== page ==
Vienna’s four-footed citizenry

In Austria’s capital, dogs are people, too.

by Sarah Casagrande 

VIENNA, Austria – Isanto, a Doberman pinscher, walks along the sidewalk while his caretakers, Natalie Johnston and Katharina Pfleger, sit on a bench each nursing a cigarette. Some people stop to pet Isanto, but most simply ignore him as he goes about his dog-sniffing business.  

In Vienna, an off-leash dog wandering the city center is considered normal.

Anna Maya’s dog, Luna, is allowed on Vienna’s
public transportation, but only if he has a
ticket, too. It’s the law.

“Most people love him,” Johnston said. “He is a very loving dog, always walking up to people. All he needs is cuddles.”

There are 623,000 dogs in Austria, many of which live in the capital city of Vienna, according to the European dog population management website, CAROdog. Here, dogs are allowed in almost every park, building and restaurant, and they can travel on the subway as long as a ticket is bought for them, too.

Pfleger said that at her workplace, the University of Natural Resources and Life Sciences in Vienna, dogs are allowed in the lecture halls.

“People here are very dog-friendly, and lots of people have dogs,” Susanne Sarwaryn, owner of the pet boutique Katz & Hund in Josefstadt, Vienna’s Eighth District, said. ”They do a lot in the city for the dogs, like (providing) dog zones and places where you can get your dog bags for free.”

Advantages of city life

While there are challenges to having a dog in Vienna, the city provides things to make owners’ and dogs’ lives easier. For example, there are 169 dog parks and more than 3,000 dog waste dispensers in Vienna for owners to use, according to the City of Vienna website. These facilities are paid for by an annual 72 euro tax imposed on dog owners.  

“The dog parks are really nice (in Vienna),” said Sarah Haupt, who trains her mixed-breed, Frodo, with dog trainer Petra Frey. “They even usually have places for people to water their dogs.”

Proper pet training is crucial in Vienna, where it is important for dogs to be well behaved in public. Frey, who founded DogDialog in Margareten, Vienna’s Fifth District, said that Vienna has a huge dog school culture. She started her business after volunteering at a local shelter eight years ago.

“I really wanted to know how the brains of dogs work, and how to help them in a positive way without force,” Frey said.

Size matters

Less urban areas in Austria tend to have larger dogs that are less trained and, therefore, allowed to be more boisterous than city dogs.

“I hear if you go to the (city’s) outer districts, it gets a little bit tougher,” Haupt said. “The dogs are less educated or trained, and they are also usually a little bit more aggressive.”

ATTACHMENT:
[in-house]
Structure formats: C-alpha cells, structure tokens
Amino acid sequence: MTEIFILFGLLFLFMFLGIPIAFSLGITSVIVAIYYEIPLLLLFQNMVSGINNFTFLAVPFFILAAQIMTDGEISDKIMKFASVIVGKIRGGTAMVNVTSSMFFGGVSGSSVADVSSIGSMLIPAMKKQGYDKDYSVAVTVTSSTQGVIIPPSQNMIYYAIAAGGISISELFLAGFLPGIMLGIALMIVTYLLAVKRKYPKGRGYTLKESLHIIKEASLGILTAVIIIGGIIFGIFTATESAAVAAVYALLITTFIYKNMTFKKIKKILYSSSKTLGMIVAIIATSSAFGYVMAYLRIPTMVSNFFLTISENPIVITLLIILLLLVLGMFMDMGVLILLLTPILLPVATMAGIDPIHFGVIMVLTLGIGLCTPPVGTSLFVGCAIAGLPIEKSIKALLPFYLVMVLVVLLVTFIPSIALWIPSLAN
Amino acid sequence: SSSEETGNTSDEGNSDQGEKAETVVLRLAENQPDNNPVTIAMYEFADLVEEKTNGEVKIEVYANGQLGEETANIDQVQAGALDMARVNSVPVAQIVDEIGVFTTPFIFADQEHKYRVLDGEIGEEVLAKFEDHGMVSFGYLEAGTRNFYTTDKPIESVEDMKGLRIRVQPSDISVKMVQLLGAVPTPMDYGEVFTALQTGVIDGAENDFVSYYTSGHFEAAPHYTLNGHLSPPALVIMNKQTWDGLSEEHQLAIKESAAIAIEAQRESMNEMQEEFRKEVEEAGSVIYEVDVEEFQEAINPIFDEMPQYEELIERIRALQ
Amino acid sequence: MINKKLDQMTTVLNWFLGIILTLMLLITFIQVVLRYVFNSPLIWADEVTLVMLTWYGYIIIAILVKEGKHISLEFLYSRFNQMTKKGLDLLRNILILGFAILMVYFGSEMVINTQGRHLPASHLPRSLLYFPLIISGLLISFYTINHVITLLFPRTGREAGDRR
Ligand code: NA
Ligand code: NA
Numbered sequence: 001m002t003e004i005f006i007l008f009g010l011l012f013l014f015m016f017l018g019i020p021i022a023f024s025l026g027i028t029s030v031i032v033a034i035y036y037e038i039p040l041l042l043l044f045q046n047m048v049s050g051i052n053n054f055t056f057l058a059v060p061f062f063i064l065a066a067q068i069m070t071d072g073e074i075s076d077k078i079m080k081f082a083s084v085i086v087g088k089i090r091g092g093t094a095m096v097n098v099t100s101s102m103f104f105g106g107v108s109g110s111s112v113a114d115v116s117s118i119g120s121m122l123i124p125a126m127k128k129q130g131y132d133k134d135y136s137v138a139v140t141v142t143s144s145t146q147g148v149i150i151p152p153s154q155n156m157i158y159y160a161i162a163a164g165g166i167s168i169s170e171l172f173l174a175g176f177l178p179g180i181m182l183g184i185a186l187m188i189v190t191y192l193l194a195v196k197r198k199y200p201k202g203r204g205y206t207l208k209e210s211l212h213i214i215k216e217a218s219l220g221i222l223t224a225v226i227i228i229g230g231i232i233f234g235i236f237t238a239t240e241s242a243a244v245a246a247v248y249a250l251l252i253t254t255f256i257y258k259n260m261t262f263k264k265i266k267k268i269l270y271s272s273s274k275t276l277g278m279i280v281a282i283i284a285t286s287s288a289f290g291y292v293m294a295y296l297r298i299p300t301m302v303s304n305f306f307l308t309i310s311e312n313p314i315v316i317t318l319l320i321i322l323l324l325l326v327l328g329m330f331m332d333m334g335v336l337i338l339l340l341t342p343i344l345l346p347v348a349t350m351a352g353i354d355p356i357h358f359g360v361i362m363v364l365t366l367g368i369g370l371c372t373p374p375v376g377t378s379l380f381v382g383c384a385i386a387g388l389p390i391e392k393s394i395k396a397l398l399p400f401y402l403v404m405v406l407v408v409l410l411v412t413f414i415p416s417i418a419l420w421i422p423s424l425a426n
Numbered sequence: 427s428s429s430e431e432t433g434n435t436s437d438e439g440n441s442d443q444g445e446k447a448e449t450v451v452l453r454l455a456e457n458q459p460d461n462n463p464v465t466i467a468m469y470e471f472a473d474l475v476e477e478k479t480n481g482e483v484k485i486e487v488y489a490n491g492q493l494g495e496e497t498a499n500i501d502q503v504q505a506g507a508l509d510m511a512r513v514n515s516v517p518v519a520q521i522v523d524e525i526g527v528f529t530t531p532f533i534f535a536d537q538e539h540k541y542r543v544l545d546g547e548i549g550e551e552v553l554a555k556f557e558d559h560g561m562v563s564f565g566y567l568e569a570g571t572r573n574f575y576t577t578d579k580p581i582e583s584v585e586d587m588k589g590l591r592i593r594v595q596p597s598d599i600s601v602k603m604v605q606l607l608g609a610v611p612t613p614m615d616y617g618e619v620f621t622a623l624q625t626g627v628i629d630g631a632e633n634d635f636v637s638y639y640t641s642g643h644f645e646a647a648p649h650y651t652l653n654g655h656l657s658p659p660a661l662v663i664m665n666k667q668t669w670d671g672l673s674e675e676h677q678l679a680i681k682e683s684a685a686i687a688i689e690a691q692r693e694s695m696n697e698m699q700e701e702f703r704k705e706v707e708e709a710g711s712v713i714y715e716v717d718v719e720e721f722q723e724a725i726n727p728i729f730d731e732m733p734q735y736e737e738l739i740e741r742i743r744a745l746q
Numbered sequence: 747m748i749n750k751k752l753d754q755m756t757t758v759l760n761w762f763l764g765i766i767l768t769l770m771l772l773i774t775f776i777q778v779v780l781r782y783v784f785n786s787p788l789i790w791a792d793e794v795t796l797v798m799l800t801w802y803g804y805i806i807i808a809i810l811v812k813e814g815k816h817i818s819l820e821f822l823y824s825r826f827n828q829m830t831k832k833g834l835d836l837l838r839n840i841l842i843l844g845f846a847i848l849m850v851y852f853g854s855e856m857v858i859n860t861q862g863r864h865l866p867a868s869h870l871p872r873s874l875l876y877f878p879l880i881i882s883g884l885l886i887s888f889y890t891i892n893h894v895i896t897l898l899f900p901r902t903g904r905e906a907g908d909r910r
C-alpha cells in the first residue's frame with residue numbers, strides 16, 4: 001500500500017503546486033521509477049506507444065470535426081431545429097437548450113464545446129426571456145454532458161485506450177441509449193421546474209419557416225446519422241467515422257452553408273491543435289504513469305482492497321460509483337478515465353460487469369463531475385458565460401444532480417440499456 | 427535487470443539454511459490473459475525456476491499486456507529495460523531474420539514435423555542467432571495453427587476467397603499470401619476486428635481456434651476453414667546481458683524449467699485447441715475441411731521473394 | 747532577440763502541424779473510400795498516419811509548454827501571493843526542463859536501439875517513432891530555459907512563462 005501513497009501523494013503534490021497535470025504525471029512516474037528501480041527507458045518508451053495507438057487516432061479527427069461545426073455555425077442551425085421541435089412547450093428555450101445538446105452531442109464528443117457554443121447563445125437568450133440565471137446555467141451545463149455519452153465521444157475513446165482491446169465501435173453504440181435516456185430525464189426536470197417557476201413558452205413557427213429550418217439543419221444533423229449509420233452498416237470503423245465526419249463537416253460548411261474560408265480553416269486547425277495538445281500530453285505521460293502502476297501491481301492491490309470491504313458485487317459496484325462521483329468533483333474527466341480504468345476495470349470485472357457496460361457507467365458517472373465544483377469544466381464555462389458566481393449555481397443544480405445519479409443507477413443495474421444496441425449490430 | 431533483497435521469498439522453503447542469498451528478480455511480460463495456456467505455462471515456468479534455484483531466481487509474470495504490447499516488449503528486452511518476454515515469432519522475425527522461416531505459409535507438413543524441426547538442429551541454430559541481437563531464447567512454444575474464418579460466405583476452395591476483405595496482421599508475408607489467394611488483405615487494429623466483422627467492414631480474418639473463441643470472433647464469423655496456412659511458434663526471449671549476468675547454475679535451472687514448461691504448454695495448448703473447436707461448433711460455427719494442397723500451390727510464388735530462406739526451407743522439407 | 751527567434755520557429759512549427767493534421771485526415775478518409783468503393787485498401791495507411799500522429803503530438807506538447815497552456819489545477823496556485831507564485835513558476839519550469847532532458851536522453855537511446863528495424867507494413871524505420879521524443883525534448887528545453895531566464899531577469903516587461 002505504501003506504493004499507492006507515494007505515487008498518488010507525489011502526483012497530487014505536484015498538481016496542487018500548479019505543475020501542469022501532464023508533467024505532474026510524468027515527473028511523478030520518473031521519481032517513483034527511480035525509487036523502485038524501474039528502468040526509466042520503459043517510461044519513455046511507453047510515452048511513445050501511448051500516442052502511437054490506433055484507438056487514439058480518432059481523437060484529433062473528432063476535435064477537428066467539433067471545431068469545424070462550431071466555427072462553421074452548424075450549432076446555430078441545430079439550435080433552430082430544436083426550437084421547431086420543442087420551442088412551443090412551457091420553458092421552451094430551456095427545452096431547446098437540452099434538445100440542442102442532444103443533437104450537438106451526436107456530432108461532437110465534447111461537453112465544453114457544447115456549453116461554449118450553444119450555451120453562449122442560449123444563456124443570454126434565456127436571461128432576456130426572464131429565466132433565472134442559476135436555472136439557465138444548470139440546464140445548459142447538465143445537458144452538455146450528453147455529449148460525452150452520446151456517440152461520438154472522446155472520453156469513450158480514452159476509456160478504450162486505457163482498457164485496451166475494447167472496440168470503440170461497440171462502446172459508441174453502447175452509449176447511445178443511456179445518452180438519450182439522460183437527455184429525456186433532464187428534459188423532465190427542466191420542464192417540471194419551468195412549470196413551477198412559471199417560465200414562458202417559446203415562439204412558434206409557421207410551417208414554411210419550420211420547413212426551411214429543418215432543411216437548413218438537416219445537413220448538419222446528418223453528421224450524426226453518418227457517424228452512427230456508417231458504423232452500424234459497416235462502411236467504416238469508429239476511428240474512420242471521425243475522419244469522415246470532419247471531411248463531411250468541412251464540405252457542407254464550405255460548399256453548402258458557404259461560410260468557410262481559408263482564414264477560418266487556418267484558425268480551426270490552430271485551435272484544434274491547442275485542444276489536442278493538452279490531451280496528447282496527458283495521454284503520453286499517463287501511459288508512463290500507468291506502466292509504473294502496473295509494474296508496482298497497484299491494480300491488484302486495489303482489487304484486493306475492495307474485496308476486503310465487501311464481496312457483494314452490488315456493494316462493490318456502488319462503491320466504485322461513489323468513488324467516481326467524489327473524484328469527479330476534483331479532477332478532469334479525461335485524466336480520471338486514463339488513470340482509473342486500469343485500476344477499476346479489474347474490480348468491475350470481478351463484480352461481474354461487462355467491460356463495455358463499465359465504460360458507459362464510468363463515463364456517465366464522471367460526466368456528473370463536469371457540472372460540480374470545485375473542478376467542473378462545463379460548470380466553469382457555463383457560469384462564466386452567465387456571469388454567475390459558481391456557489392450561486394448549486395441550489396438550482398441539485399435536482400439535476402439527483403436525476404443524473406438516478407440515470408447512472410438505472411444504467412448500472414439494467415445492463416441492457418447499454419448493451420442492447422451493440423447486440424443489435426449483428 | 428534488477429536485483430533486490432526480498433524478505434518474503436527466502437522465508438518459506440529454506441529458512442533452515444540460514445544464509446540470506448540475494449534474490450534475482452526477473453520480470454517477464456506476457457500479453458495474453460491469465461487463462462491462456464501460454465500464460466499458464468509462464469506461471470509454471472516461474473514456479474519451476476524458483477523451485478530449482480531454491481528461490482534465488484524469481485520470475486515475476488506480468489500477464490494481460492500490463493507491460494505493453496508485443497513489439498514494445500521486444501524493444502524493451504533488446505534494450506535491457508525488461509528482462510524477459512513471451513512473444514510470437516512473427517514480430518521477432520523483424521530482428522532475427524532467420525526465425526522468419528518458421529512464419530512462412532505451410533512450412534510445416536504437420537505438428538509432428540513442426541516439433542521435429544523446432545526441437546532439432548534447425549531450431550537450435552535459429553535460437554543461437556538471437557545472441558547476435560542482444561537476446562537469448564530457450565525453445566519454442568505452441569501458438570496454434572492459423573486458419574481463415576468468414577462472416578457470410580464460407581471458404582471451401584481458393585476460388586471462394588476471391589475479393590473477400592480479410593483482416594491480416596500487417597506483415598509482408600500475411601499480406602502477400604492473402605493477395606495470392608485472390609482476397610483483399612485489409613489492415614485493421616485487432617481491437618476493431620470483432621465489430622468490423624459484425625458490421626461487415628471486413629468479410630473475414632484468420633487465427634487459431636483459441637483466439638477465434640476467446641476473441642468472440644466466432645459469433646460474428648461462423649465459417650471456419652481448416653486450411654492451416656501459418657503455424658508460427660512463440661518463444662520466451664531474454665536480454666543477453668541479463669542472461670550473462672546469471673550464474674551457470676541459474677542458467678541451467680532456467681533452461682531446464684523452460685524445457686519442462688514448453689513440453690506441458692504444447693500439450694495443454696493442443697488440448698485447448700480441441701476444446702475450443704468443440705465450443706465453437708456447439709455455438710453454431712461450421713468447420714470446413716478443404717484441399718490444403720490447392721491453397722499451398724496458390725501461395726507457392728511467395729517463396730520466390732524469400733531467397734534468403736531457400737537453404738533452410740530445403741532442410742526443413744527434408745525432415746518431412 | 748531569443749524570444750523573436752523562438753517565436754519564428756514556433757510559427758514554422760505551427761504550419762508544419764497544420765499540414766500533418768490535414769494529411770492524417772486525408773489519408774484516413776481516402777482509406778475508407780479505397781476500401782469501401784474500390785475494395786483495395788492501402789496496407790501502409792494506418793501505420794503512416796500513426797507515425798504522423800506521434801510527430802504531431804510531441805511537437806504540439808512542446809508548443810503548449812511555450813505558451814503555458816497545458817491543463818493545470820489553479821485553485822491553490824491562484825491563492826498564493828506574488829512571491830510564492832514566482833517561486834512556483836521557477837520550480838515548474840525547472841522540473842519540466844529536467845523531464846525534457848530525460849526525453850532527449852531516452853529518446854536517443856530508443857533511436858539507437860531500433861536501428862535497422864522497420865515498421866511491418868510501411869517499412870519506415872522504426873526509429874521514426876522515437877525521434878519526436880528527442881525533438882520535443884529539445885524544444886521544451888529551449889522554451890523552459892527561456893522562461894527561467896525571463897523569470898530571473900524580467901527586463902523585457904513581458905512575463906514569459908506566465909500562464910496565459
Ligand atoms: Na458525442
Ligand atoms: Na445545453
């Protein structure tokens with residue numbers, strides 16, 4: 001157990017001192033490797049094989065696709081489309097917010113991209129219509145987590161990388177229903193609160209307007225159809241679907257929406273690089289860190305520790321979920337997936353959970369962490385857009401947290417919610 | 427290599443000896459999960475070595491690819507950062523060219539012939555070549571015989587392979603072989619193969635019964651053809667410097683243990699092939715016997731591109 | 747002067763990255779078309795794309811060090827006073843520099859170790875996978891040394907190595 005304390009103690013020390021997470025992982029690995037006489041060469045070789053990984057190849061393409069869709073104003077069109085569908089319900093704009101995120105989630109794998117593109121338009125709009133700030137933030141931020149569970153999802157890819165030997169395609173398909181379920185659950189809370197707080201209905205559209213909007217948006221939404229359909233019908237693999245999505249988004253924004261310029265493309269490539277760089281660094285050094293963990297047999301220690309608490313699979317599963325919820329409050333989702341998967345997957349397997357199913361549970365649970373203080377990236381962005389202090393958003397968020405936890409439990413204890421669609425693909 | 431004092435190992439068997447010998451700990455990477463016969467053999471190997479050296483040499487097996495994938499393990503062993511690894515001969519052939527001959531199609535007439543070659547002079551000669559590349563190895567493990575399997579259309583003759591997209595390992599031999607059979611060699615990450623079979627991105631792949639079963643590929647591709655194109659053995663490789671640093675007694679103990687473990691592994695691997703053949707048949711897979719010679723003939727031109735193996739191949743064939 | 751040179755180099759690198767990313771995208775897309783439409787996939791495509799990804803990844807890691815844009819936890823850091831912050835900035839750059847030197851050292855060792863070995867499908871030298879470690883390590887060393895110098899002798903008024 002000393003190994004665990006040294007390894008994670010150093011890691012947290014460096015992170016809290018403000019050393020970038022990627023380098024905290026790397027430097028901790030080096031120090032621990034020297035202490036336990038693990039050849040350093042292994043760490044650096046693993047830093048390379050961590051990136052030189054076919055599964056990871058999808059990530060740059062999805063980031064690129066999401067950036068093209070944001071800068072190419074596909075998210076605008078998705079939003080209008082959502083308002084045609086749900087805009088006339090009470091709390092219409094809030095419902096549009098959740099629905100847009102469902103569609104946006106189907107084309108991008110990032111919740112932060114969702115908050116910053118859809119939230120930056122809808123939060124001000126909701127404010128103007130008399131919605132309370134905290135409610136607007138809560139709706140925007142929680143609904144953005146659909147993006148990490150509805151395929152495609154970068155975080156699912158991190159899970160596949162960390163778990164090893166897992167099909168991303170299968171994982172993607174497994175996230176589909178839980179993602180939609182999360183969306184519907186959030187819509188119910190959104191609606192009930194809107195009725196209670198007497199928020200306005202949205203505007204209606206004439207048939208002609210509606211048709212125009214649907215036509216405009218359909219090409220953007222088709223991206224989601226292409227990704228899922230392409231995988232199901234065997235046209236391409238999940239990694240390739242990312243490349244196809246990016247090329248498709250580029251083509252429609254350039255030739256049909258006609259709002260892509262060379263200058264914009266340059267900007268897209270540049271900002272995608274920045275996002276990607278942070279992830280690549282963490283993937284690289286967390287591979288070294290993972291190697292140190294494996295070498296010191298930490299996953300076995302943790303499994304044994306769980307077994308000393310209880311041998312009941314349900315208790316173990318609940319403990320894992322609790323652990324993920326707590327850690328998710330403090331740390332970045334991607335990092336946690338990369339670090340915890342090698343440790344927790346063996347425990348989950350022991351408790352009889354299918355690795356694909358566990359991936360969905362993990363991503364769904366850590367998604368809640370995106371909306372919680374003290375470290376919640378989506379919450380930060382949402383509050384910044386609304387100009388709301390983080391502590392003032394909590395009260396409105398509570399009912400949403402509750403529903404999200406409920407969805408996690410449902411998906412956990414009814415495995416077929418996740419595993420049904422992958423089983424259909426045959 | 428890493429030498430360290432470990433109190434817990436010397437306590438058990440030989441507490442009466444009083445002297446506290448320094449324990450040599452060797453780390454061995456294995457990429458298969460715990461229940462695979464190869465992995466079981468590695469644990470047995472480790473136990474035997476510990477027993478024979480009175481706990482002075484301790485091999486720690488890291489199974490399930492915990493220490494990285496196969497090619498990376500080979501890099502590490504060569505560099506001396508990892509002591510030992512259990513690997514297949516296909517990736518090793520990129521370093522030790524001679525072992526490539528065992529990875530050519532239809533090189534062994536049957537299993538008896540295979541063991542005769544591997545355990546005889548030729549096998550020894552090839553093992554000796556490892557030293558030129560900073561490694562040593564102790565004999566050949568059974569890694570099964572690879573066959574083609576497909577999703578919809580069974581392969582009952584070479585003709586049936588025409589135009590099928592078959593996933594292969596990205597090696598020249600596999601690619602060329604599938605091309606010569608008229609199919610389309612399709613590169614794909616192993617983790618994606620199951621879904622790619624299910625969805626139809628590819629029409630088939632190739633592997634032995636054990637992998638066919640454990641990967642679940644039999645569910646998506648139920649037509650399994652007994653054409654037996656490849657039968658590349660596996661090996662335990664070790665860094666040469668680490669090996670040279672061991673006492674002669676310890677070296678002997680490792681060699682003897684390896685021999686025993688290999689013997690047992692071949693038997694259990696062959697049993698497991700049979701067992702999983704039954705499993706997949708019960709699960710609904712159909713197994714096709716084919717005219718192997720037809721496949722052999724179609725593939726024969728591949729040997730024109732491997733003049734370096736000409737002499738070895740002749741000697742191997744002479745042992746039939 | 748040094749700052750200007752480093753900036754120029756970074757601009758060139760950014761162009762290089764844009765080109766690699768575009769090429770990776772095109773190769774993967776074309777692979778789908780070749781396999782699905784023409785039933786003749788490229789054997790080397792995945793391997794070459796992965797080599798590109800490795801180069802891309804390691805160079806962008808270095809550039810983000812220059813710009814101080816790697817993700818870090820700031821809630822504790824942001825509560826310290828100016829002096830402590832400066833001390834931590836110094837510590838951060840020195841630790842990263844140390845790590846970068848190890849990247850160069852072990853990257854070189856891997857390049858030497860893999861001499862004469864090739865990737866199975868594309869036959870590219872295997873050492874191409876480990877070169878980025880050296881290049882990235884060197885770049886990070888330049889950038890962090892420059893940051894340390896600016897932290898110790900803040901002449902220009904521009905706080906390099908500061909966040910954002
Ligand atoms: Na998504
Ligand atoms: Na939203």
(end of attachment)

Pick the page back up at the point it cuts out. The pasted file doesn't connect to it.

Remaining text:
Sarwaryn’s long-haired Chihuahua, Max,
is Katz & Hund’s de facto mascot.

On the streets of Vienna, there are few large dogs in sight. Sarwaryn said that smaller breeds of dog are more common in the city, with certain breeds trending as popular or faddish. Her own dog, a long-haired Chihuahua named Max, serves as the de facto mascot for Katz & Hund, Sarwaryn’s dog boutique.

“For me it’s easy, because he’s a small Chihuahua; it’s easy to get around,” Sarwaryn said.

Haupt said that she’s glad her Frodo is medium-sized, because when she sees smaller dogs in public, she fears that she will step on them.

“If I take [Frodo] to a café, he can just fit in a small corner,” Haupt said. “If I take him to the subway, I can put him between my legs and everything’s fine.”

Large dogs can also be a problem because of the fear they sometimes instill. Pfleger said that she has had issues with people being afraid of Isanto.

“The first impression of our dog is, ‘Oh my God, he’s big, he’s black, he’s a Doberman. Maybe he’s dangerous, maybe he’ll bite me,’” Pfleger said. “It’s just about making people feel comfortable.” 

Dog difficulties

For small dogs, the problem is becoming overwhelmed, Frey said.

Dog trainer Petra Frey said she chose her
profession after volunteering at a local anima
shelter, where still helps out now,eight years later.

“There are many rescue dogs being brought into the city, as well,” Frey said. “That is a problem for many dogs, especially when they come from eastern Europe and they’ve never been in a big city before.”

Frey said she has dealt with many problem dogs. One of her more memorable cases was a miniature pinscher that had issues with anxiety, frequently barking at people and dogs in the streets.

Frey had the owner place a bag on the ground for the dog to crawl into whenever he felt overwhelmed. She said that the dog and owner are doing so well that they regularly come to Frey’s social walking events in the city.

“I think that this is just one of the beautiful stories that I can tell,” Frey said.

But not every dog gets accustomed to life in Vienna. Loud noises, hordes of people and lack of open space can prove too stressful.

“In some cases, I have to say ‘Give him away. You can’t keep this rescue dog from Hungary who has never been” to a big city, Frey said.

Judging by appearances, most dogs do just fine. Dogs and their owners roam the city every day, and even those who do not own a dog can benefit from their presence.

  “Where we live, there is a dog zone where people just come to play with the dogs if they don’t own one themselves,” Johnston said. “They love it.”

See photo gallery of dogs of Vienna here.

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